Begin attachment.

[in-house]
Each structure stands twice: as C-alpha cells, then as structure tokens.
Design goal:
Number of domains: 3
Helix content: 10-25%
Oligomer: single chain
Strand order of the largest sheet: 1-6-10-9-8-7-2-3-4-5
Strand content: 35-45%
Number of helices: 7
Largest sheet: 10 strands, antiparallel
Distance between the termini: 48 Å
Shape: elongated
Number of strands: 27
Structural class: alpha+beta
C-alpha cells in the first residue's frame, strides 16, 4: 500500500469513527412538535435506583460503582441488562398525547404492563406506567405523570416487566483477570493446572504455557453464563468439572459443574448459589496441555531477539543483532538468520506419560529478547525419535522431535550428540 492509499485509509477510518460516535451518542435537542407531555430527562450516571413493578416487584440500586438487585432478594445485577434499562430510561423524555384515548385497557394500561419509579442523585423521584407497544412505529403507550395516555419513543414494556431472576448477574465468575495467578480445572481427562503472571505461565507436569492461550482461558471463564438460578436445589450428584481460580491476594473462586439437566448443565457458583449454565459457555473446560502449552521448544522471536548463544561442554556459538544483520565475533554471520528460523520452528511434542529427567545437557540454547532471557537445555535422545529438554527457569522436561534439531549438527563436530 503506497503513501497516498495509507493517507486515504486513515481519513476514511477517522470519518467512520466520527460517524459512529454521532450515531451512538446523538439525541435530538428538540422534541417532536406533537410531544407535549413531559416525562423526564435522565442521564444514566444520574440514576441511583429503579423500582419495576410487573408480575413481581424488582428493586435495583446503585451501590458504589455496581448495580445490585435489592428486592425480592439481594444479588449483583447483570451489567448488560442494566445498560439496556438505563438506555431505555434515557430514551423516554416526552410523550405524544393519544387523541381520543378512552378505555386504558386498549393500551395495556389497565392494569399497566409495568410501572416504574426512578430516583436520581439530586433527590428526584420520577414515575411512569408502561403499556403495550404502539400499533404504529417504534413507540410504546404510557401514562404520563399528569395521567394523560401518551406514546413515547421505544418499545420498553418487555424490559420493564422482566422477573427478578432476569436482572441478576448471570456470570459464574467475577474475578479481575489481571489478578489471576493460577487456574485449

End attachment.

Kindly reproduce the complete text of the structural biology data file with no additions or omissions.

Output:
[in-house]
Each structure stands twice: as C-alpha cells, then as structure tokens.
Design goal:
Number of domains: 3
Helix content: 10-25%
Oligomer: single chain
Strand order of the largest sheet: 1-6-10-9-8-7-2-3-4-5
Strand content: 35-45%
Number of helices: 7
Largest sheet: 10 strands, antiparallel
Distance between the termini: 48 Å
Shape: elongated
Number of strands: 27
Structural class: alpha+beta
C-alpha cells in the first residue's frame, strides 16, 4: 500500500469513527412538535435506583460503582441488562398525547404492563406506567405523570416487566483477570493446572504455557453464563468439572459443574448459589496441555531477539543483532538468520506419560529478547525419535522431535550428540 492509499485509509477510518460516535451518542435537542407531555430527562450516571413493578416487584440500586438487585432478594445485577434499562430510561423524555384515548385497557394500561419509579442523585423521584407497544412505529403507550395516555419513543414494556431472576448477574465468575495467578480445572481427562503472571505461565507436569492461550482461558471463564438460578436445589450428584481460580491476594473462586439437566448443565457458583449454565459457555473446560502449552521448544522471536548463544561442554556459538544483520565475533554471520528460523520452528511434542529427567545437557540454547532471557537445555535422545529438554527457569522436561534439531549438527563436530 503506497503513501497516498495509507493517507486515504486513515481519513476514511477517522470519518467512520466520527460517524459512529454521532450515531451512538446523538439525541435530538428538540422534541417532536406533537410531544407535549413531559416525562423526564435522565442521564444514566444520574440514576441511583429503579423500582419495576410487573408480575413481581424488582428493586435495583446503585451501590458504589455496581448495580445490585435489592428486592425480592439481594444479588449483583447483570451489567448488560442494566445498560439496556438505563438506555431505555434515557430514551423516554416526552410523550405524544393519544387523541381520543378512552378505555386504558386498549393500551395495556389497565392494569399497566409495568410501572416504574426512578430516583436520581439530586433527590428526584420520577414515575411512569408502561403499556403495550404502539400499533404504529417504534413507540410504546404510557401514562404520563399528569395521567394523560401518551406514546413515547421505544418499545420498553418487555424490559420493564422482566422477573427478578432476569436482572441478576448471570456470570459464574467475577474475578479481575489481571489478578489471576493460577487456574485449